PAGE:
Health and Social Welfare Review Vol.36 No.1, pp.143-174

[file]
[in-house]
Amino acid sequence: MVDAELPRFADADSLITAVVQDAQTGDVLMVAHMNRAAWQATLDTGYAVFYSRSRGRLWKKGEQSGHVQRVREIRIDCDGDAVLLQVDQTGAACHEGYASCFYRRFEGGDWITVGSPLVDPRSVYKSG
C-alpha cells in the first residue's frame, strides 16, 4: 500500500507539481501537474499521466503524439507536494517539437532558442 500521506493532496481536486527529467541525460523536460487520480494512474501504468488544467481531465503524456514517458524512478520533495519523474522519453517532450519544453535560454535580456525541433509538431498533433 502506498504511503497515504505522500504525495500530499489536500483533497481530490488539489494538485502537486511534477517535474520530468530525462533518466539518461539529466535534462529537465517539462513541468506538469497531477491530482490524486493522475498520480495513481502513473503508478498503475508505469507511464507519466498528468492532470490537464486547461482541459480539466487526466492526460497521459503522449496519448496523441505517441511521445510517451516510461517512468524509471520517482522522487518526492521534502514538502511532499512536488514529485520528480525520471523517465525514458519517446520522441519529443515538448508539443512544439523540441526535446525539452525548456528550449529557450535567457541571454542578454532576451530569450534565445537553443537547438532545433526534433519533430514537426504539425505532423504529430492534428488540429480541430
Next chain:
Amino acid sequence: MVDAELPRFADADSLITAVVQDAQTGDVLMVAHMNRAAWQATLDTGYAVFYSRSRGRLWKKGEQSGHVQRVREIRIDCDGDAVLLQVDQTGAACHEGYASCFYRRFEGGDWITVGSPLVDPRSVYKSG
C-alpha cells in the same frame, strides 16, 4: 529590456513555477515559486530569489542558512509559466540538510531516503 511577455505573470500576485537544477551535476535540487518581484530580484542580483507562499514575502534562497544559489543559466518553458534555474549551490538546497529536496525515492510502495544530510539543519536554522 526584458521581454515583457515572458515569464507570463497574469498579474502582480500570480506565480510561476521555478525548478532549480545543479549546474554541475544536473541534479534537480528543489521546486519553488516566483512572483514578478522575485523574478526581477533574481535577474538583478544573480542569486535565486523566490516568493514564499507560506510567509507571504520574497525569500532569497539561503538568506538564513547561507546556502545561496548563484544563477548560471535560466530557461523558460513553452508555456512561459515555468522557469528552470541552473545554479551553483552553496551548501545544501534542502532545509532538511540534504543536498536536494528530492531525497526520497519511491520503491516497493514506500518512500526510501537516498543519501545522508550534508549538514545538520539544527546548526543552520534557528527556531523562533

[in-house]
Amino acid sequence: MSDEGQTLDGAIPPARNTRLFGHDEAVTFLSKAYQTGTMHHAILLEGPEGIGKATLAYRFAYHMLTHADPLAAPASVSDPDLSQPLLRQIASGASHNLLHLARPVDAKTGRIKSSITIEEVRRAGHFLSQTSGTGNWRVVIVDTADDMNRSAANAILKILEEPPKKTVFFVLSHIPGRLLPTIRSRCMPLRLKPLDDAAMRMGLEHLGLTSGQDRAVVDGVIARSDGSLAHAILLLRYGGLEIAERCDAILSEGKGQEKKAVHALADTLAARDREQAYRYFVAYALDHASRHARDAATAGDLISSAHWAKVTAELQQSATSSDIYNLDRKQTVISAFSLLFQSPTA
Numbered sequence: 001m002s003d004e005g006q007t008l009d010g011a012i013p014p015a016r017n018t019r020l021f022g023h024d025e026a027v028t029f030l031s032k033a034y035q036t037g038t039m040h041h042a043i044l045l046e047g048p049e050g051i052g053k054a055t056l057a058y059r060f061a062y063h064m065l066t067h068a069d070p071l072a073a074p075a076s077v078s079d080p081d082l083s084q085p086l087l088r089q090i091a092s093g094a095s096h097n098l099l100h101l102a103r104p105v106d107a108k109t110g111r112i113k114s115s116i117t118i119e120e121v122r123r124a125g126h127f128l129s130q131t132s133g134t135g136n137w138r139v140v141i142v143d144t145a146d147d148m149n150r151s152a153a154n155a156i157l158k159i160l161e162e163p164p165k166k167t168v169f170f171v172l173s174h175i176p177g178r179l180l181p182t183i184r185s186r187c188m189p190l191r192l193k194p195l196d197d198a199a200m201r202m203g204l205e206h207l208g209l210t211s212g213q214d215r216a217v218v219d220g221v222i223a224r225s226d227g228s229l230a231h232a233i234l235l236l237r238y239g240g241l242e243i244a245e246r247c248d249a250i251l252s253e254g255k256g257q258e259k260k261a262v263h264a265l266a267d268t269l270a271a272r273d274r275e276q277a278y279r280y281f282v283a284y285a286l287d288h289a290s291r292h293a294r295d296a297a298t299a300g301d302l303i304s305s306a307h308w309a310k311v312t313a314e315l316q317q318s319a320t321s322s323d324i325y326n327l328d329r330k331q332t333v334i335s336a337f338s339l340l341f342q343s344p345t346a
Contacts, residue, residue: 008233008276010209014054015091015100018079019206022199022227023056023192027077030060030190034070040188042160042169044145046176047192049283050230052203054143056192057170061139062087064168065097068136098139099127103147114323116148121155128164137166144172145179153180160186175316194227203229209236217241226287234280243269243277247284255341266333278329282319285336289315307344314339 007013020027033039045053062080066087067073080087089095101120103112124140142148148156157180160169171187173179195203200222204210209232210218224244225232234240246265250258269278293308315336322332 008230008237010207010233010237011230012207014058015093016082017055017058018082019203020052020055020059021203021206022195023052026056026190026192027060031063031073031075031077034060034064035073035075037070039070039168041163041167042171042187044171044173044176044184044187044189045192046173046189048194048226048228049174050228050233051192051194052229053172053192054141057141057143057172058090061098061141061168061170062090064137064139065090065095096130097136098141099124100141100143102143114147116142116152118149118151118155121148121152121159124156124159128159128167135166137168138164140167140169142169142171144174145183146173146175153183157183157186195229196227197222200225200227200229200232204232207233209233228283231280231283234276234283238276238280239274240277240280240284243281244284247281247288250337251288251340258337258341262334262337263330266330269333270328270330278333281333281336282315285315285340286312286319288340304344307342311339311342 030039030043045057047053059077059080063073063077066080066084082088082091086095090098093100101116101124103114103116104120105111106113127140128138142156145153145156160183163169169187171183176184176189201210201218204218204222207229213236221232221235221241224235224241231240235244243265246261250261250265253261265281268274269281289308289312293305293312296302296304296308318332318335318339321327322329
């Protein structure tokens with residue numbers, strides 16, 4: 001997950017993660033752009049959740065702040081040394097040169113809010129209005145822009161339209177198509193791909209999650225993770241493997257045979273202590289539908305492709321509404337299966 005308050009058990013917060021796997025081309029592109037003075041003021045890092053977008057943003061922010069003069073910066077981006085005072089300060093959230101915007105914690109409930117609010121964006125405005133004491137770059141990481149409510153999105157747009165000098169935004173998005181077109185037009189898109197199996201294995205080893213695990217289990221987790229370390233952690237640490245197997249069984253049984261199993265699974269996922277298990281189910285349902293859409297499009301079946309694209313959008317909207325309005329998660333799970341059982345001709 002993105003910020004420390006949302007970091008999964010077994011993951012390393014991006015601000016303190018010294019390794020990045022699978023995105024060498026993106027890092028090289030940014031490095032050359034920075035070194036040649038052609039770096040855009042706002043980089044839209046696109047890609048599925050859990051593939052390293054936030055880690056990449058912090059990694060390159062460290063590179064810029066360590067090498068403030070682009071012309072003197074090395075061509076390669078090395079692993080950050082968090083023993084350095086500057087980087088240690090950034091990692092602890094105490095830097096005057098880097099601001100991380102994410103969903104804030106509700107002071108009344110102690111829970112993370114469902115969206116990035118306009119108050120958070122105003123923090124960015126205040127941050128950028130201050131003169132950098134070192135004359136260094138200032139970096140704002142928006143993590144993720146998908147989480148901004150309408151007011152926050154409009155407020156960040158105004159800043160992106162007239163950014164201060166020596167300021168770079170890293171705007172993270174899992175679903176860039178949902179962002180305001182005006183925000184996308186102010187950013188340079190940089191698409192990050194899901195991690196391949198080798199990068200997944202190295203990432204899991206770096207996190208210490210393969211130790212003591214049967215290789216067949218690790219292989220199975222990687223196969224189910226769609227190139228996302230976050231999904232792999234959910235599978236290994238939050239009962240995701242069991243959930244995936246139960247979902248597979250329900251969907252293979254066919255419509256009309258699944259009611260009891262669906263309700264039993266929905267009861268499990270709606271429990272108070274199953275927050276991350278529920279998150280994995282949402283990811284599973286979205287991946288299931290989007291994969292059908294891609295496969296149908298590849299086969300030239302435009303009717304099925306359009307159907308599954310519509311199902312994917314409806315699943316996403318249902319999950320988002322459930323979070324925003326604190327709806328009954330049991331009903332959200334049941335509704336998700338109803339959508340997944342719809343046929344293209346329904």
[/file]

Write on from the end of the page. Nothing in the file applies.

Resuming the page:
This study examines first marriage and childbirth (from first child to third child) in Korean and Japanese women in a life-cycle perspective. Findings from this study indicated that first marriage was negatively related to birth-cohort, educational attainment and living area (rural/urban area) until the age of 15. Women who lived in urban areas were less likely to get married and to give birth to first, second, and third children. The higher a woman’s age at first marriage, the less she gives birth to first, second, and third children. Regarding economic activities, having a job delays a second childbirth in Japanese women, whereas it delays first marriage and first and second childbirths in Korean women. These results could be explained by differences in the labor market of the two countries. Moreover, Korean people have son-preference, whereas Japanese people do not and show a tendency to have equal numbers of sons and daughters.